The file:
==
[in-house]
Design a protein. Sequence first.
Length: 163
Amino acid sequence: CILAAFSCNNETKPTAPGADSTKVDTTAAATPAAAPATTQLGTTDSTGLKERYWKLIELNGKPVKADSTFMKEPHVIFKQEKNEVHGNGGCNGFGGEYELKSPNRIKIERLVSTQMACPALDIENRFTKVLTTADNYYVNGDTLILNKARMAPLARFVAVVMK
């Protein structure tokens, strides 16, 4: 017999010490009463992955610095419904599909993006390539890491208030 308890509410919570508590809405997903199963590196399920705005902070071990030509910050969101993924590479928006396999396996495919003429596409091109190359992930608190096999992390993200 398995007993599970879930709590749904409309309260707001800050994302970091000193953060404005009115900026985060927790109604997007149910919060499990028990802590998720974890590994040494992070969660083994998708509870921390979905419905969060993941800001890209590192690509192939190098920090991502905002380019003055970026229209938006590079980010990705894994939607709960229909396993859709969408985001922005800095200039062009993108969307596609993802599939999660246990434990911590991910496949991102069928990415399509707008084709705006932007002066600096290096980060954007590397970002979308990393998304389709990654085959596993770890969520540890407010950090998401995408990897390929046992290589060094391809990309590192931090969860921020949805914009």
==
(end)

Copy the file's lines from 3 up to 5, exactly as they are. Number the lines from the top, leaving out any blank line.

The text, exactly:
Length: 163
Amino acid sequence: CILAAFSCNNETKPTAPGADSTKVDTTAAATPAAAPATTQLGTTDSTGLKERYWKLIELNGKPVKADSTFMKEPHVIFKQEKNEVHGNGGCNGFGGEYELKSPNRIKIERLVSTQMACPALDIENRFTKVLTTADNYYVNGDTLILNKARMAPLARFVAVVMK
């Protein structure tokens, strides 16, 4: 017999010490009463992955610095419904599909993006390539890491208030 308890509410919570508590809405997903199963590196399920705005902070071990030509910050969101993924590479928006396999396996495919003429596409091109190359992930608190096999992390993200 398995007993599970879930709590749904409309309260707001800050994302970091000193953060404005009115900026985060927790109604997007149910919060499990028990802590998720974890590994040494992070969660083994998708509870921390979905419905969060993941800001890209590192690509192939190098920090991502905002380019003055970026229209938006590079980010990705894994939607709960229909396993859709969408985001922005800095200039062009993108969307596609993802599939999660246990434990911590991910496949991102069928990415399509707008084709705006932007002066600096290096980060954007590397970002979308990393998304389709990654085959596993770890969520540890407010950090998401995408990897390929046992290589060094391809990309590192931090969860921020949805914009």